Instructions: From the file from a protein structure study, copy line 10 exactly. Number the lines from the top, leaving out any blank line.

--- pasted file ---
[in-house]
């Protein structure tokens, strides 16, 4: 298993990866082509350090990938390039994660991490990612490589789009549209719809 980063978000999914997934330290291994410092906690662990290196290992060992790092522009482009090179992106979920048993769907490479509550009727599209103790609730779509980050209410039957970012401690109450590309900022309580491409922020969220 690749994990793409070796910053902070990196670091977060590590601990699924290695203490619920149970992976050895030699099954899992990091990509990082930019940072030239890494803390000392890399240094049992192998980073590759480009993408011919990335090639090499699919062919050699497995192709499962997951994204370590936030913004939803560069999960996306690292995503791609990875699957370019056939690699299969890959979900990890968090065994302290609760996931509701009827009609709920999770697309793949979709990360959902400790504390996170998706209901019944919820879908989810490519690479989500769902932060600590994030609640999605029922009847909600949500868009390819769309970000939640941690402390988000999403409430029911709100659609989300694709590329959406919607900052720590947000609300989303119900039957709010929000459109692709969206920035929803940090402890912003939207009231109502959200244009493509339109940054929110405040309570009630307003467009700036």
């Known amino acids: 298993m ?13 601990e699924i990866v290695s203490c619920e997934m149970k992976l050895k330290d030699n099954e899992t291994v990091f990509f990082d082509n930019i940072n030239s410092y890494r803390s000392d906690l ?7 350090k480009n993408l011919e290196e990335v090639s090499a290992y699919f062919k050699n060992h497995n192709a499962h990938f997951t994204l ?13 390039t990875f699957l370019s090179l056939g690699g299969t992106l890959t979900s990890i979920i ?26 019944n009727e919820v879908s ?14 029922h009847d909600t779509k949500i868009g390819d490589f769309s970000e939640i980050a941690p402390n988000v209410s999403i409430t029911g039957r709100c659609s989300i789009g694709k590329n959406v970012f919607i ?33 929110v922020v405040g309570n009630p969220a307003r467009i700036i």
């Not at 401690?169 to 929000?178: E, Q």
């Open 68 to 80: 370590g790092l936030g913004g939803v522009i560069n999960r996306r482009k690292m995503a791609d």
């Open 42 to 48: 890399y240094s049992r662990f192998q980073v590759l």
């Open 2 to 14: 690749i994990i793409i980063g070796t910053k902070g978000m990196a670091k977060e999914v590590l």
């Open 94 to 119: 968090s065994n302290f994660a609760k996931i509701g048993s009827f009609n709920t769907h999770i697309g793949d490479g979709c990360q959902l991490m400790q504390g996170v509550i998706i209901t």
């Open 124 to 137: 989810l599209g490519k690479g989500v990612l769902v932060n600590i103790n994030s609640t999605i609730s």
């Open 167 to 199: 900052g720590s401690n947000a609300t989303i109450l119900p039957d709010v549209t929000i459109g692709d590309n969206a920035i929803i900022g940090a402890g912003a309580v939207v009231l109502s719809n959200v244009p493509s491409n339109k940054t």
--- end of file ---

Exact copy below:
């Open 167 to 199: 900052g720590s401690n947000a609300t989303i109450l119900p039957d709010v549209t929000i459109g692709d590309n969206a920035i929803i900022g940090a402890g912003a309580v939207v009231l109502s719809n959200v244009p493509s491409n339109k940054t």